Study Portrays Small Business Health Picture

April 2, 2002 ( - Small businesses with at least 10 employees, that enjoy low personnel turnover, are more likely to offer health-care coverage.

As are those where employees make an average $2,200 monthly and where most workers have a college degree.

Those are the primary conclusions of a study of small-business health-care coverage patterns by The Kaiser Family Foundation.

The health-care coverage trends pinpointed by Kaiser include:

  • 72% of companies with 10 to 24 workers offer coverage, compared to 56% of firms with fewer than 10 employees,
  • 75% of firms with an average monthly wage of $2,200 offer coverage, compared to 48% with an average monthly wage of less than $2,200,
  • 63% of companies enjoying low attrition offer coverage, versus four in 10 companies with high turnover, and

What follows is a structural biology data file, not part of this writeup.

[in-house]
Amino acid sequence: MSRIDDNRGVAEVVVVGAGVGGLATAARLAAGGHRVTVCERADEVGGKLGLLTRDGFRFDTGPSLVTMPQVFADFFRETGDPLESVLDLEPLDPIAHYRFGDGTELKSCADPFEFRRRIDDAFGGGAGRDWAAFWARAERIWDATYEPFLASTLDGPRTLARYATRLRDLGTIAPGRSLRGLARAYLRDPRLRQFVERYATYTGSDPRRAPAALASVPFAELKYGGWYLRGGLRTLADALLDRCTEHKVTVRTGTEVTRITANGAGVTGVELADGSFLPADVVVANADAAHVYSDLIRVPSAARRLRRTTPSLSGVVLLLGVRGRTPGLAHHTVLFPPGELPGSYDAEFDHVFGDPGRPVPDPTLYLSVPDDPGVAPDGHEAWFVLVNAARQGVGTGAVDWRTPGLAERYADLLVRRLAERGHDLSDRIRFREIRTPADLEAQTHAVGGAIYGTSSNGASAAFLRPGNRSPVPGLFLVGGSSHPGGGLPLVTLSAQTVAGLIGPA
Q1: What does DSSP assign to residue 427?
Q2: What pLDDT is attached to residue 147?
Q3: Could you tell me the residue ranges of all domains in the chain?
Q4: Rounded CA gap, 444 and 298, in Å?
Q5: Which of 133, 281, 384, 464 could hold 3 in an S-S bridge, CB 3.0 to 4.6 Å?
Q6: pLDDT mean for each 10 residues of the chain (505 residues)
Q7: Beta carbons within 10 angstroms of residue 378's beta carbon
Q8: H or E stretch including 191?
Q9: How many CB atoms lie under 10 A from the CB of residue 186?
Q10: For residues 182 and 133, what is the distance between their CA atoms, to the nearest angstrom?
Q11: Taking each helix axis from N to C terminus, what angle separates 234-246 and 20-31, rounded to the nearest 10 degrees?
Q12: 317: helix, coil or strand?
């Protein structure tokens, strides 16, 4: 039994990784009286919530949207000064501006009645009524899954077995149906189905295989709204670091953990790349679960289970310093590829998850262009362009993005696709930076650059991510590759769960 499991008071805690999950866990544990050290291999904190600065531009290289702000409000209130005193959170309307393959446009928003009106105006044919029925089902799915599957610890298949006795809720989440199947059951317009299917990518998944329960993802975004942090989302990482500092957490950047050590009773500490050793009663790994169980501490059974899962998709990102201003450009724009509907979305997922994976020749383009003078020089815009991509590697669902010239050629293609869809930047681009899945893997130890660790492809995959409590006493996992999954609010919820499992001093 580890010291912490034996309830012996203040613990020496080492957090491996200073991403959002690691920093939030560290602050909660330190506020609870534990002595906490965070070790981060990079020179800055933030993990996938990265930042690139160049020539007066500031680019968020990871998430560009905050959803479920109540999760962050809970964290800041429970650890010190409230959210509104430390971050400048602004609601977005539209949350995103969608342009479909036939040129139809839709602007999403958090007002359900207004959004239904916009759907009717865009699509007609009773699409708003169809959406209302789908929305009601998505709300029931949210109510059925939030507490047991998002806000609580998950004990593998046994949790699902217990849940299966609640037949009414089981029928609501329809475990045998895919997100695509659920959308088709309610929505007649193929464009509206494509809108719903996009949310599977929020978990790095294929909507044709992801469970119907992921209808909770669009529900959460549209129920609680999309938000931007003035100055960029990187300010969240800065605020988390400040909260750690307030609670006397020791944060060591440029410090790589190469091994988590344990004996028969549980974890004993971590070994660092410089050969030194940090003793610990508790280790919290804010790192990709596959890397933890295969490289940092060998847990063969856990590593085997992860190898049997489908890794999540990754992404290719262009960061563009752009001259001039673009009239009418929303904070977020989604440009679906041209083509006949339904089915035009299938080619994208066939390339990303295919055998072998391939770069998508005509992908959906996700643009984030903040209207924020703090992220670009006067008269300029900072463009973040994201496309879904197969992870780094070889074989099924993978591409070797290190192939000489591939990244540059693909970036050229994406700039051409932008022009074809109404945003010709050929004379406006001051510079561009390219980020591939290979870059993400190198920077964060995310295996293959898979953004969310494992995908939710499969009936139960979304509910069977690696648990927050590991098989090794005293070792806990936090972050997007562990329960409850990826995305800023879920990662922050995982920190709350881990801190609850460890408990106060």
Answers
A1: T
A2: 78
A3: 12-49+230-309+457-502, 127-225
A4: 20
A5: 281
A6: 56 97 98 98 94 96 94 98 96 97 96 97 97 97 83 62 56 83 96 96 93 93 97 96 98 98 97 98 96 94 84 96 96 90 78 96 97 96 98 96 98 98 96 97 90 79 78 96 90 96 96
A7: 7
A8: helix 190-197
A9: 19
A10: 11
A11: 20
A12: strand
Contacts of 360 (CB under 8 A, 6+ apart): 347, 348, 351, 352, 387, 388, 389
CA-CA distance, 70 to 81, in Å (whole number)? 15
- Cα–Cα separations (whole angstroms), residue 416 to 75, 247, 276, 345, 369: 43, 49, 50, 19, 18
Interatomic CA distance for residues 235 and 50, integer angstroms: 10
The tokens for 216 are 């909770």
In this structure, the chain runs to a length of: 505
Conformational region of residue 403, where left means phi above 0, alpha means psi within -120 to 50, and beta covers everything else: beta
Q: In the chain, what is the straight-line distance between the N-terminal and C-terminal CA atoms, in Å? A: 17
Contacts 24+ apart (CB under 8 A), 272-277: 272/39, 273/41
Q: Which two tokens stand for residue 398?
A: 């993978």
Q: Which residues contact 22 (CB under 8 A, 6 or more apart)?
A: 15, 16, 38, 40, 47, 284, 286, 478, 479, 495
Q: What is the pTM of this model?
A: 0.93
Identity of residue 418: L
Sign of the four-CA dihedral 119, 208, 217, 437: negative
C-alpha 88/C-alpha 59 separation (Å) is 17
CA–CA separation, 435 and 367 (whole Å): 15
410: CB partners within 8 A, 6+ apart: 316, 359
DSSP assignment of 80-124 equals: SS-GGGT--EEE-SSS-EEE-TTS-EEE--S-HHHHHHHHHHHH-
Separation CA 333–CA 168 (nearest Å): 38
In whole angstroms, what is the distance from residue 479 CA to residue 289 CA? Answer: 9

• Seven in 10 small firms offer one health plan option, compared to 25% who give employees more than one plan choice

Not surprisingly, 67% of small business owners were unhappy with the size of their health insurance bill. Nearly a third say they’ve moved their plan to a new provider in search of lower premiums.

If their health-care costs rise 10%, six in ten executives say they’ll absorb the added expense, while half say they will increase worker contributions.

Almost nine in 10 of small-business executives said the best way to expand health coverage is through tax credits. Slightly more than half say Medicare should be expanded to cover the uninsured and 40% said there should be a national health plan.

The Kaiser survey covered 805 owners of companies with three to 24 employees between May 17 and July 9, 2001.